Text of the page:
by Bill Bryson
Time for some non-fiction! I was one of the few kids in my class who actually enjoyed Shakespeare – I loved the eerie darkness of Macbeth (and I’ll never forget the young Keith Chegwin in Roman Polanski’s 1970s film version!) and the intrigue of Hamlet. As a big fan of Bill Bryson – still waiting for the next travel book! – this was a shoo-in for my reading list.
Bryson doesn’t fail to deliver in this hugely interesting and short book, written in his usual witty and readable style. Short, because surprisingly few facts are known about the Great Bard, not least the correct way to spell his name – the dramatist himself used several variations – or even what he looked like: of the three likenesses on which all others are based and by which we have come to recognise Shakespeare, two were produced by artists after his death and one may not even be Shakespeare at all!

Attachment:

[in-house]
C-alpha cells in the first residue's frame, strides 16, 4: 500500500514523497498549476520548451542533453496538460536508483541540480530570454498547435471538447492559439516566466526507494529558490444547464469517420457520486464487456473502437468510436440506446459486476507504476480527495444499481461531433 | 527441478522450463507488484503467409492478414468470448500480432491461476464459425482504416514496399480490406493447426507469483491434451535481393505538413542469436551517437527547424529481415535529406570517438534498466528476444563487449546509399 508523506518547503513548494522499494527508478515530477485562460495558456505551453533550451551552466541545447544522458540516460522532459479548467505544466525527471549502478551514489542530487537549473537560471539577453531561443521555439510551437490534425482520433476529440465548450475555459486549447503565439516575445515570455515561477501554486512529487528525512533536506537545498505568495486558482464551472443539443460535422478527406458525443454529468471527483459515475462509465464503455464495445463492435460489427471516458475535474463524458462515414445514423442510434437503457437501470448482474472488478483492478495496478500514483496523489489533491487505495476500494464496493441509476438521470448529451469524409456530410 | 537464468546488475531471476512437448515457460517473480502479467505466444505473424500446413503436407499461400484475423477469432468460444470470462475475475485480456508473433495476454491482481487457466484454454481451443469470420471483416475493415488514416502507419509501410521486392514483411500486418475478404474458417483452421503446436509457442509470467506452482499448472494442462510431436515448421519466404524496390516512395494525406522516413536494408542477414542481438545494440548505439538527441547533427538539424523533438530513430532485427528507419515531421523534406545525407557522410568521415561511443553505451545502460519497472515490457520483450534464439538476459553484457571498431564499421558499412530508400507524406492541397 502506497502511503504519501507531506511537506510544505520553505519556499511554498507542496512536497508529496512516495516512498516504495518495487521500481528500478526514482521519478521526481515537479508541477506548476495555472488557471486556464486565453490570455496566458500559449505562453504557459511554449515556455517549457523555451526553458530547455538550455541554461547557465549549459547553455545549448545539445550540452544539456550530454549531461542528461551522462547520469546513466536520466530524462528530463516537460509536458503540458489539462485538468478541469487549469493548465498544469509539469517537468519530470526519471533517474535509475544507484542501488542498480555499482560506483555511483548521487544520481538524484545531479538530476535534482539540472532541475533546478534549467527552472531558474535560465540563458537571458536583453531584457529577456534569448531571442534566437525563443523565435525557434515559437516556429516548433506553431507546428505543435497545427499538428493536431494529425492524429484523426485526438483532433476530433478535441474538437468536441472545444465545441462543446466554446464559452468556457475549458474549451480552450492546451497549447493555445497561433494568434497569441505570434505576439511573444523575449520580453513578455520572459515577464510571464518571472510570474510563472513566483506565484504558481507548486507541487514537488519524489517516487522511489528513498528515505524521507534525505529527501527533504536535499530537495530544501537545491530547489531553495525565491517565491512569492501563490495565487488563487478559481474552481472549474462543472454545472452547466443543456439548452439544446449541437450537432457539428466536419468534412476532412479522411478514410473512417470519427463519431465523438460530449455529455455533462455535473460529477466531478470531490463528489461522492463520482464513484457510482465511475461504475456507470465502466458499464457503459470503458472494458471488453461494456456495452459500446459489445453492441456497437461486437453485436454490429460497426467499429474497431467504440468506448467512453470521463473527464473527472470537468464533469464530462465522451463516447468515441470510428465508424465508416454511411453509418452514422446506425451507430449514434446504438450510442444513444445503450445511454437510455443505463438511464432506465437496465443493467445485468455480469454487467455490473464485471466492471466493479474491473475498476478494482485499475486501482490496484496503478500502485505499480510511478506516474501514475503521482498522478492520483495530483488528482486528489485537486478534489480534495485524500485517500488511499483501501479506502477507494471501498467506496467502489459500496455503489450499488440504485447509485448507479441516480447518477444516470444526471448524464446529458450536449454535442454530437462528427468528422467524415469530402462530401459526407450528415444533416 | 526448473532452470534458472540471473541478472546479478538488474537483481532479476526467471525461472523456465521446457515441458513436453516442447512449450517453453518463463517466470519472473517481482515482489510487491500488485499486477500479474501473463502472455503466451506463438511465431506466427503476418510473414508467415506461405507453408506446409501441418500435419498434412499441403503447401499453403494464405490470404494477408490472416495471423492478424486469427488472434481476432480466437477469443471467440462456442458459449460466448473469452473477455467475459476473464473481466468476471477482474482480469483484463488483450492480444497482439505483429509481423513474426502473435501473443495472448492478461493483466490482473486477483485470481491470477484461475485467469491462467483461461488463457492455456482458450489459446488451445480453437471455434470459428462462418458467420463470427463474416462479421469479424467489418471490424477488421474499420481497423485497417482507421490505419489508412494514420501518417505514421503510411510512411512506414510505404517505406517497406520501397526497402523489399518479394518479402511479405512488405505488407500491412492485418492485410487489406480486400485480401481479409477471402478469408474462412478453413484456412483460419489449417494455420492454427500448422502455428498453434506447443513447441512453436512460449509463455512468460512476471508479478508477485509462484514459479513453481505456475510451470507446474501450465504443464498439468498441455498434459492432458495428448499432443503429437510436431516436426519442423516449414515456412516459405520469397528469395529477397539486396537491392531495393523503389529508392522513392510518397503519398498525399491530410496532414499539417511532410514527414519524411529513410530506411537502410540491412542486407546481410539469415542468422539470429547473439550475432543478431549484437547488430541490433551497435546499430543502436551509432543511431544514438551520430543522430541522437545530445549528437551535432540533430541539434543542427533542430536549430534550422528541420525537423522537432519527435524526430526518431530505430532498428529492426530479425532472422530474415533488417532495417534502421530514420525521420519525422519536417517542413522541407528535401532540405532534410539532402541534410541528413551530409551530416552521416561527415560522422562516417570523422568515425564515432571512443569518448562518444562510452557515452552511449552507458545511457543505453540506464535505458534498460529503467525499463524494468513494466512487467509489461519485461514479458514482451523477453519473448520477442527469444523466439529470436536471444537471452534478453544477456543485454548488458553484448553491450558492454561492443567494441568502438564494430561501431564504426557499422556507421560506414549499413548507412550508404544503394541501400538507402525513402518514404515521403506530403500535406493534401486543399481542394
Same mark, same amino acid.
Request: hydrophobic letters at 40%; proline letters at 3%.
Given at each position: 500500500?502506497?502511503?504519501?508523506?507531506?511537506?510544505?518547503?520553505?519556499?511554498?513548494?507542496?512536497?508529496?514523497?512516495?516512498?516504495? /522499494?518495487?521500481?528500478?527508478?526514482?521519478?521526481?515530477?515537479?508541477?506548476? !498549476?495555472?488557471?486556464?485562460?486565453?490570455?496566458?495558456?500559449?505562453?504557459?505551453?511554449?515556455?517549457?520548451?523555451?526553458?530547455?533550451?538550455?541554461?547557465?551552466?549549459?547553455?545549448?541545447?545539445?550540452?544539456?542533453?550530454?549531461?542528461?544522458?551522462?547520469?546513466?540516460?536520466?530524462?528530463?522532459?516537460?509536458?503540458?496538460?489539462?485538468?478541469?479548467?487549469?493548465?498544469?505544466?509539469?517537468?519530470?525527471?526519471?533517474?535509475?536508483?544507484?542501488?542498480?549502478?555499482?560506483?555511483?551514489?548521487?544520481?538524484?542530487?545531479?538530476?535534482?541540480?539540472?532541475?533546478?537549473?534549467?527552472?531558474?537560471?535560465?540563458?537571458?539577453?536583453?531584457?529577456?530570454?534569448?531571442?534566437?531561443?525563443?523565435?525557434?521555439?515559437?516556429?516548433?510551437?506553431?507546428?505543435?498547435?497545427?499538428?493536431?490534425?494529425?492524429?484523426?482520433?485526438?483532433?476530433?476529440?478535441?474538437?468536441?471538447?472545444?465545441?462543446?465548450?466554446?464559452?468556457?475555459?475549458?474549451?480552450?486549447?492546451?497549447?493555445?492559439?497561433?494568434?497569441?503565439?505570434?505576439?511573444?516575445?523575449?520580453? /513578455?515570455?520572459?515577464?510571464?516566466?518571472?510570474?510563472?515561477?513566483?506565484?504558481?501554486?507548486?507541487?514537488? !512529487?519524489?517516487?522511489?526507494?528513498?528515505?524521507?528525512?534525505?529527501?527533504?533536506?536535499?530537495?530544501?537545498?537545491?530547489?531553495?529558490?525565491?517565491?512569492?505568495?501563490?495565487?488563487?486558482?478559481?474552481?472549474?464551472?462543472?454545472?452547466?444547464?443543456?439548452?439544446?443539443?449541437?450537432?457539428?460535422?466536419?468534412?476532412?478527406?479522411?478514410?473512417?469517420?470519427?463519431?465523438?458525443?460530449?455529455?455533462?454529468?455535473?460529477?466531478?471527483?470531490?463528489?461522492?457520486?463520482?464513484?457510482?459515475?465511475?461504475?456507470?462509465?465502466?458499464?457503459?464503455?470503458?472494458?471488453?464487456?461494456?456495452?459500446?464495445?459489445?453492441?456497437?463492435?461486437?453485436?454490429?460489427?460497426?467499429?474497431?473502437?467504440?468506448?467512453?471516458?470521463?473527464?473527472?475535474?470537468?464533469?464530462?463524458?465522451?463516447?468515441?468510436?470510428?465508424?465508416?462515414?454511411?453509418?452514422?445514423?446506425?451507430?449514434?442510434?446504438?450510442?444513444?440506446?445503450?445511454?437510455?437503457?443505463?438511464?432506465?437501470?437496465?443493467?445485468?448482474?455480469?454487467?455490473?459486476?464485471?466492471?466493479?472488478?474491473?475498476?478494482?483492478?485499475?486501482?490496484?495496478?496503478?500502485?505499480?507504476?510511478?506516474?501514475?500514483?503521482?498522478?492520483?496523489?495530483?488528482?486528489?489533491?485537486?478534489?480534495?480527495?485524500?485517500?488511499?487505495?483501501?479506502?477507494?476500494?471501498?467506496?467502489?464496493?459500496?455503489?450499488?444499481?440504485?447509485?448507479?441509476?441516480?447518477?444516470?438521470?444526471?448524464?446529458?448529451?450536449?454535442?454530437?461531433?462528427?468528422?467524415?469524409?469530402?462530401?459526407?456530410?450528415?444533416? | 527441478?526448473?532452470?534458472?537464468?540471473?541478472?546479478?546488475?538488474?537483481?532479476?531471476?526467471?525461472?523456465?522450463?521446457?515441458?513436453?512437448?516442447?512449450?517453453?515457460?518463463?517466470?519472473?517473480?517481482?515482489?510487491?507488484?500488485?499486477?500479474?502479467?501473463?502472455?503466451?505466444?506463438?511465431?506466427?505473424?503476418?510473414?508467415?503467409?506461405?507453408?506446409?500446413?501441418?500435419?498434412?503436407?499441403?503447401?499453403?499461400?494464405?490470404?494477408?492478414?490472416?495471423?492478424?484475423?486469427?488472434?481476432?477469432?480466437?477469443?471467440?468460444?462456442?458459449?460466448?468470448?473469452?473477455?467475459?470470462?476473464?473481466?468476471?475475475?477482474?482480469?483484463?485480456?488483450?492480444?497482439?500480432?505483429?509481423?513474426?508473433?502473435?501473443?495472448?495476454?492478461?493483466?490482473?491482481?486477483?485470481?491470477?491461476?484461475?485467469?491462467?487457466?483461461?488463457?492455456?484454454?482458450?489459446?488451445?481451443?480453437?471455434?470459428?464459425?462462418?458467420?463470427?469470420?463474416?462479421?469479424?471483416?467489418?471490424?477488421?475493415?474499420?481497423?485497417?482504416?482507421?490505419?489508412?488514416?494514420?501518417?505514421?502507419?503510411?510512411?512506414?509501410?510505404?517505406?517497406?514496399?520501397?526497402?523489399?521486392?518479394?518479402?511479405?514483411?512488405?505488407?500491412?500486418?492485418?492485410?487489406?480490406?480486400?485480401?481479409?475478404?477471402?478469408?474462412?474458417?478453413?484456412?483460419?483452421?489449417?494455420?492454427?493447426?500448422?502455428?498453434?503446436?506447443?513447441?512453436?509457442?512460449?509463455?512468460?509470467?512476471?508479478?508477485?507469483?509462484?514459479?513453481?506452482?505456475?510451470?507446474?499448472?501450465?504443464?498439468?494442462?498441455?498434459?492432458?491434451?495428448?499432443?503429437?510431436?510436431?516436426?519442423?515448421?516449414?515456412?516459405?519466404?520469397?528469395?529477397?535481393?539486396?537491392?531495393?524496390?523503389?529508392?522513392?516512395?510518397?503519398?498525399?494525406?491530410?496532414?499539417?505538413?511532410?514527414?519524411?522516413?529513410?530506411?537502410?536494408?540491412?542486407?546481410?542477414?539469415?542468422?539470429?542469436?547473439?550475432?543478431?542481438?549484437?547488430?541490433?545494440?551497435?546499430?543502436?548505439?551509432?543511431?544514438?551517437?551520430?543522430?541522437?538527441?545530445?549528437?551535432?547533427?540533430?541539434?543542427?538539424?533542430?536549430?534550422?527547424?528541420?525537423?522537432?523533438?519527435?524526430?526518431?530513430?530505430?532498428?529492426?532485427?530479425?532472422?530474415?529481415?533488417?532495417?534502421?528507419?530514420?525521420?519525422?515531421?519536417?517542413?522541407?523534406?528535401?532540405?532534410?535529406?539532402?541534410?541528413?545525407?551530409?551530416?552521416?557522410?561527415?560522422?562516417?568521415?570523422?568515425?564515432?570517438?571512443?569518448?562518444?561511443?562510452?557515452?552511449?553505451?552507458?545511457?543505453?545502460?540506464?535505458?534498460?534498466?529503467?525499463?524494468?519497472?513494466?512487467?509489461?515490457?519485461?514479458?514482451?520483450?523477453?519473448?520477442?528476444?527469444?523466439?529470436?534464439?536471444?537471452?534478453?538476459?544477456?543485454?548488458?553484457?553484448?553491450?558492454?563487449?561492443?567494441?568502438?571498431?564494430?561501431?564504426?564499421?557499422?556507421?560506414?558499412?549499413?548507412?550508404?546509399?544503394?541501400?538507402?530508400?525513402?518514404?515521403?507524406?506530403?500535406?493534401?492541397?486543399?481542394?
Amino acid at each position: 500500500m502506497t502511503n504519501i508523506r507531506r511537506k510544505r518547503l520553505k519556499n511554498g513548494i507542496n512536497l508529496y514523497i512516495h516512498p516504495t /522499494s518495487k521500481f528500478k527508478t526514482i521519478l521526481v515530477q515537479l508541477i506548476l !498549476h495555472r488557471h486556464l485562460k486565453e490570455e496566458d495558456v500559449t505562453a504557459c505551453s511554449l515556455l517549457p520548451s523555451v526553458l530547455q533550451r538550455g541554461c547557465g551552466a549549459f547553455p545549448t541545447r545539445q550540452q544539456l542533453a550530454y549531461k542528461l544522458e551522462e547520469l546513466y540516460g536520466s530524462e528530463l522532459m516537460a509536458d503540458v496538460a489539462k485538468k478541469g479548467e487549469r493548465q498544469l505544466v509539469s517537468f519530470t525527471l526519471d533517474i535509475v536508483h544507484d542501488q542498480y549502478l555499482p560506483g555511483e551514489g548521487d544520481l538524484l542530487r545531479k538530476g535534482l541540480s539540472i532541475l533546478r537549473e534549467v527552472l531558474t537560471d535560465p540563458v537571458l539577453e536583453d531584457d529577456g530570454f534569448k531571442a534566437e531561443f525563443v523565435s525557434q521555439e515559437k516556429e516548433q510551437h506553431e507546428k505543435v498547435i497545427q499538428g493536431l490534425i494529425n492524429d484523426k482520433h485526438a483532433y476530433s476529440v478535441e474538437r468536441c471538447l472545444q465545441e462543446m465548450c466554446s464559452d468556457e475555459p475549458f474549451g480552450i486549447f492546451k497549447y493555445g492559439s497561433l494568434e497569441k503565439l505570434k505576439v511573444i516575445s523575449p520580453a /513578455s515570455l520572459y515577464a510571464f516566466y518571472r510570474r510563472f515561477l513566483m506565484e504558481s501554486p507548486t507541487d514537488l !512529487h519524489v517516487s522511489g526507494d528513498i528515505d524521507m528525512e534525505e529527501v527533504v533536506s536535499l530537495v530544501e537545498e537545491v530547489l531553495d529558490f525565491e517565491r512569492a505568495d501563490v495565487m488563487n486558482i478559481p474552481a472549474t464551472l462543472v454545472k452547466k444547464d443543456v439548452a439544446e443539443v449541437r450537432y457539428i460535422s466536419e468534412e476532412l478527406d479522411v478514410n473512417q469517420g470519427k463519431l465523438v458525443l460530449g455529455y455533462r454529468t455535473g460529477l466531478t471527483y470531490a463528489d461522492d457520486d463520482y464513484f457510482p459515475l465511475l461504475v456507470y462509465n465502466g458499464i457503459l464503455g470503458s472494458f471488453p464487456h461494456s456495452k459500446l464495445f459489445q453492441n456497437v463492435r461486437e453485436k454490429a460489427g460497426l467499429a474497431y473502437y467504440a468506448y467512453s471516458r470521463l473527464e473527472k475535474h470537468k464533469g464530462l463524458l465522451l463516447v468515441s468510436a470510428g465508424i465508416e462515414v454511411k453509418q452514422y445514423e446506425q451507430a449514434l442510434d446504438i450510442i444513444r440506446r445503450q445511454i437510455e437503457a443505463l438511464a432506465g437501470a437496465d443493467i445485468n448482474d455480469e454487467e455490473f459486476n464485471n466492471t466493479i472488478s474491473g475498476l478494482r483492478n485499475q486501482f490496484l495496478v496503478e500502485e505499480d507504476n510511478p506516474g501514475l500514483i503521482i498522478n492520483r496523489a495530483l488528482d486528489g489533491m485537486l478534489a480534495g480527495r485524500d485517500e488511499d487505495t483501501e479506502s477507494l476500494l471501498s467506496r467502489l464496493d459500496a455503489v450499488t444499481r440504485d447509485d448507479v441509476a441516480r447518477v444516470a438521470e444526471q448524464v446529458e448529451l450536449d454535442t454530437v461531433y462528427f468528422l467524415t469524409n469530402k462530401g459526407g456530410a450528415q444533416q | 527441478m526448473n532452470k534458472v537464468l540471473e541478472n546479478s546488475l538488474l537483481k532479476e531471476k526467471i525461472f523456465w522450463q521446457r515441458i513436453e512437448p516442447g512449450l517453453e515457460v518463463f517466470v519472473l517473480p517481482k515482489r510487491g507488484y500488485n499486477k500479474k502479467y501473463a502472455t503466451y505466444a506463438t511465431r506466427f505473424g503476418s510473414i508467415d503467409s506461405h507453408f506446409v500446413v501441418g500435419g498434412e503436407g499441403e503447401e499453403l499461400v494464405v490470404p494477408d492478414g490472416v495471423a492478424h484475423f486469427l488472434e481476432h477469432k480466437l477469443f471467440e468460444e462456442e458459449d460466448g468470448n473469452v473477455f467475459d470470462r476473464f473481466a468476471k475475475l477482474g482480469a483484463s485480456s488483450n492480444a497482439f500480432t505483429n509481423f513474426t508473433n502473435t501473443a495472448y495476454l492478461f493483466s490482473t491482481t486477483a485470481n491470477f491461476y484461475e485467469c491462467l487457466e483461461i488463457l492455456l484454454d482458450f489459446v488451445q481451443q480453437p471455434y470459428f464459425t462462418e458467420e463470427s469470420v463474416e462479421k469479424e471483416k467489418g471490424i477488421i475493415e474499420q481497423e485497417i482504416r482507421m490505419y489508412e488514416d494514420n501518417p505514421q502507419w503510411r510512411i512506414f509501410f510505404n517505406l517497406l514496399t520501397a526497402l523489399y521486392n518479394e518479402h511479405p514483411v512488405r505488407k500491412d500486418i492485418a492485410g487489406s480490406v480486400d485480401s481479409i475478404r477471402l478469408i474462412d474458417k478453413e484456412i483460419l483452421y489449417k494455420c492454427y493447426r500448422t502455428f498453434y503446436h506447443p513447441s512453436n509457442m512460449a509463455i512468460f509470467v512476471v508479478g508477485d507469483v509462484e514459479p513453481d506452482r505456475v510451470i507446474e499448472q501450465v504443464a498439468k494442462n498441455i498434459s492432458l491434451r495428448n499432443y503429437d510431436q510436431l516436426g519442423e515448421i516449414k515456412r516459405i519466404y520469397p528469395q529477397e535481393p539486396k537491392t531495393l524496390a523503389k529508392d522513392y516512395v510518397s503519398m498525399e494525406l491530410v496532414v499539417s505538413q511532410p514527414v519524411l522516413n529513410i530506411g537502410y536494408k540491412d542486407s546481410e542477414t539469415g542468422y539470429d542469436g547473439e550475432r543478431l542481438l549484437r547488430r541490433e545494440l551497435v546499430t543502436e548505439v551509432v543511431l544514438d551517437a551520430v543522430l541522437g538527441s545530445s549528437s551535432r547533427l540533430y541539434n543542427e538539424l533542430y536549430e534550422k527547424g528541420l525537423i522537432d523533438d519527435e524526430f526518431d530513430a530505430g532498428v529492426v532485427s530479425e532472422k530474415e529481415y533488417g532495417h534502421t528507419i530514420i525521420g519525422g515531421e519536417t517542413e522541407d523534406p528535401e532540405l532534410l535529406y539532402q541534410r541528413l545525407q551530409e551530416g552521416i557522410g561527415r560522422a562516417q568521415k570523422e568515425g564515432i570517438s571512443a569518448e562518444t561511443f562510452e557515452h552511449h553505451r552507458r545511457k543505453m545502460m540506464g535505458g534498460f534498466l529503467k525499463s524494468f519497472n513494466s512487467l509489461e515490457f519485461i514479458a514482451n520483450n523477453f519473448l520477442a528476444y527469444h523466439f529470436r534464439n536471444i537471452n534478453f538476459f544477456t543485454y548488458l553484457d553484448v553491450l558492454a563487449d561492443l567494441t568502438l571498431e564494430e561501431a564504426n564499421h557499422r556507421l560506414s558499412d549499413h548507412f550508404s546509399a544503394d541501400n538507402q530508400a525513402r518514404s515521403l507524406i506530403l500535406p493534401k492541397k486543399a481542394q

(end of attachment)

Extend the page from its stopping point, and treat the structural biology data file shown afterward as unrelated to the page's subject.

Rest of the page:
There are several “lost years” where we know nothing of Shakespeare’s whereabouts, though he can rarely be pinned down with one hundred percent accuracy during the periods we do know about. Nevertheless, Bryson insists, we do know enough to dispel the myth that Shakespeare’s plays were not in fact written by Shakespeare but by someone else – most notably Francis Bacon.
For a man about whom surprisingly little is known, his legacy is undeniably great.
James’ out-of-five star rating: ****